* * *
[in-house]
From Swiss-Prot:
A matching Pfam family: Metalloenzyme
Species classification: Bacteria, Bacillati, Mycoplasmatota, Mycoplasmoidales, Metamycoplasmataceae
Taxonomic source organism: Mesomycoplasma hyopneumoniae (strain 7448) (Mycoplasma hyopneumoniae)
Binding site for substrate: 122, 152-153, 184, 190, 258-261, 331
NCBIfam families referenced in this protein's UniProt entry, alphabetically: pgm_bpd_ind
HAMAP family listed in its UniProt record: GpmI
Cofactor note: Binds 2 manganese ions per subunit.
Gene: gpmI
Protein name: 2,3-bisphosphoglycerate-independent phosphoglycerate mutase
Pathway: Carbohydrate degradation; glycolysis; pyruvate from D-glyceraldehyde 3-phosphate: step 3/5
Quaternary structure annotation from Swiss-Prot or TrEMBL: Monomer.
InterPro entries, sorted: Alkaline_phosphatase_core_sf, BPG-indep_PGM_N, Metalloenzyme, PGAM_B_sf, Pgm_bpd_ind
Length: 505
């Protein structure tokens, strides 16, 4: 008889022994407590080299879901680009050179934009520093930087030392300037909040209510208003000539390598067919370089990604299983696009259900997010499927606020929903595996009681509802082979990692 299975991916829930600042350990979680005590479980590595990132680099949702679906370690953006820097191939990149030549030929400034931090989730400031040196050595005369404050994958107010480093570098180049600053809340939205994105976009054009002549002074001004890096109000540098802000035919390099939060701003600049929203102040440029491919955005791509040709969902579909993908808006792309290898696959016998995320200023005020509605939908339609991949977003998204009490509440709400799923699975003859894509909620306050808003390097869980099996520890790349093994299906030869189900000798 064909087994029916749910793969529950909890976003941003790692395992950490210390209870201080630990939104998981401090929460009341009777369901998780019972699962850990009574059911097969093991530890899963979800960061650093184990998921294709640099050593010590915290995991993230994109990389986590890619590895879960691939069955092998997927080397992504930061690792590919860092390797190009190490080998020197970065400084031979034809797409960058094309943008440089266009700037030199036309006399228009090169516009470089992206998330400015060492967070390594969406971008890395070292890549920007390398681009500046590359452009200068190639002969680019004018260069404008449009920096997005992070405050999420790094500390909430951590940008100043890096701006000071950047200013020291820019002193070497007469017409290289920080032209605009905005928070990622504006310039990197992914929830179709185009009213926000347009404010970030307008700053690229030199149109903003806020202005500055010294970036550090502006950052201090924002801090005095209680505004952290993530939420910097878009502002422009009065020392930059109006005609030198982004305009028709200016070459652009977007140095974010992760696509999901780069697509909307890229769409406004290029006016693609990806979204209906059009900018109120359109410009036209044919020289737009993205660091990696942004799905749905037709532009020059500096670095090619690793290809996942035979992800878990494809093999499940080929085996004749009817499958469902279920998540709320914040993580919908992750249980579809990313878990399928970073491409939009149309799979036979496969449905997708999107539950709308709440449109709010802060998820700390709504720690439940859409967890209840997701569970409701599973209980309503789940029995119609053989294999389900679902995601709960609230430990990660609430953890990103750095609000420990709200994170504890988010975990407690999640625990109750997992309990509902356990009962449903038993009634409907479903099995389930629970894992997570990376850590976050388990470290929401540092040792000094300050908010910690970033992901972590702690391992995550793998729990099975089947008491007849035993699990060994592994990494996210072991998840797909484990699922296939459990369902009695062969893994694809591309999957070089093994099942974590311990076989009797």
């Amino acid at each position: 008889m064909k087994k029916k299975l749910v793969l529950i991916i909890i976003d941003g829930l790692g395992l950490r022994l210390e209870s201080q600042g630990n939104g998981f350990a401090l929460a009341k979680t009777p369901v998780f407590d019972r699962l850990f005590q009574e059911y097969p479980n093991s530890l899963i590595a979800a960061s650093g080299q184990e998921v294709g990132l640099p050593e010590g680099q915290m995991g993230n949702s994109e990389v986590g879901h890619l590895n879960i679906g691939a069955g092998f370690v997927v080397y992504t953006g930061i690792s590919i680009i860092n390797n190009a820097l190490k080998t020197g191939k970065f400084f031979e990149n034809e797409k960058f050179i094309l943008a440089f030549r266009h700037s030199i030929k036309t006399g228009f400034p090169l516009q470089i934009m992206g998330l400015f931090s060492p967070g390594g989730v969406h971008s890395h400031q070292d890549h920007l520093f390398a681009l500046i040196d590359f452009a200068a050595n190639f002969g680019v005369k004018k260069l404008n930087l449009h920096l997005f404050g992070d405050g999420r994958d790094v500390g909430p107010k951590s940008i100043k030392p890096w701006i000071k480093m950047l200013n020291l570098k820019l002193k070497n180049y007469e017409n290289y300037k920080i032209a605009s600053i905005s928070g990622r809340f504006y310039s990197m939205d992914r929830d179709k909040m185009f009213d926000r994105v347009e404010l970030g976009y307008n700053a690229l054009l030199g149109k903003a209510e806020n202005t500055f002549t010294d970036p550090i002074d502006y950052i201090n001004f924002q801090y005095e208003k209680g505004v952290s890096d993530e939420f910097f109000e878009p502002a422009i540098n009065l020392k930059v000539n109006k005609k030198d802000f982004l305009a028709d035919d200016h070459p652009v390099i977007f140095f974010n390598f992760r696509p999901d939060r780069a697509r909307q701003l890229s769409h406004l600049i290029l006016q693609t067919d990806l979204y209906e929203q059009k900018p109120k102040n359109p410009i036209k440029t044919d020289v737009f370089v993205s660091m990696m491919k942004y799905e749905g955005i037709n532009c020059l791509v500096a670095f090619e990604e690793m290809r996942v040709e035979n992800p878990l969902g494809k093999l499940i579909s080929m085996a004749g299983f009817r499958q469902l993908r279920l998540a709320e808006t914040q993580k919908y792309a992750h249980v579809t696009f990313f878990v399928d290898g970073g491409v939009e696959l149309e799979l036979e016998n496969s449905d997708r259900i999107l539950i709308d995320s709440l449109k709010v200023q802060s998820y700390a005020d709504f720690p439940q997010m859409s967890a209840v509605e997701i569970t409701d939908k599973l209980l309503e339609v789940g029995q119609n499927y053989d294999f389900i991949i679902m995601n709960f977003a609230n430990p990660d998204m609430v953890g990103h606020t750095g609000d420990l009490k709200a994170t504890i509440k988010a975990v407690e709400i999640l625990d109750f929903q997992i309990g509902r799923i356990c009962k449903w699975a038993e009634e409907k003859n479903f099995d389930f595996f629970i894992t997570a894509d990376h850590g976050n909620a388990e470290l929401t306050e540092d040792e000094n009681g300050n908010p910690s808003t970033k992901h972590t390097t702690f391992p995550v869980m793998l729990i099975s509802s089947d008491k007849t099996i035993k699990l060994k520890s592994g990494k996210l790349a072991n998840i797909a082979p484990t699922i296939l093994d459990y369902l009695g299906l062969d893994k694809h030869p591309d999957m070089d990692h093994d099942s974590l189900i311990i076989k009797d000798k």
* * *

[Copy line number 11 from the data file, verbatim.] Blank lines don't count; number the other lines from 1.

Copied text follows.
Protein name: 2,3-bisphosphoglycerate-independent phosphoglycerate mutase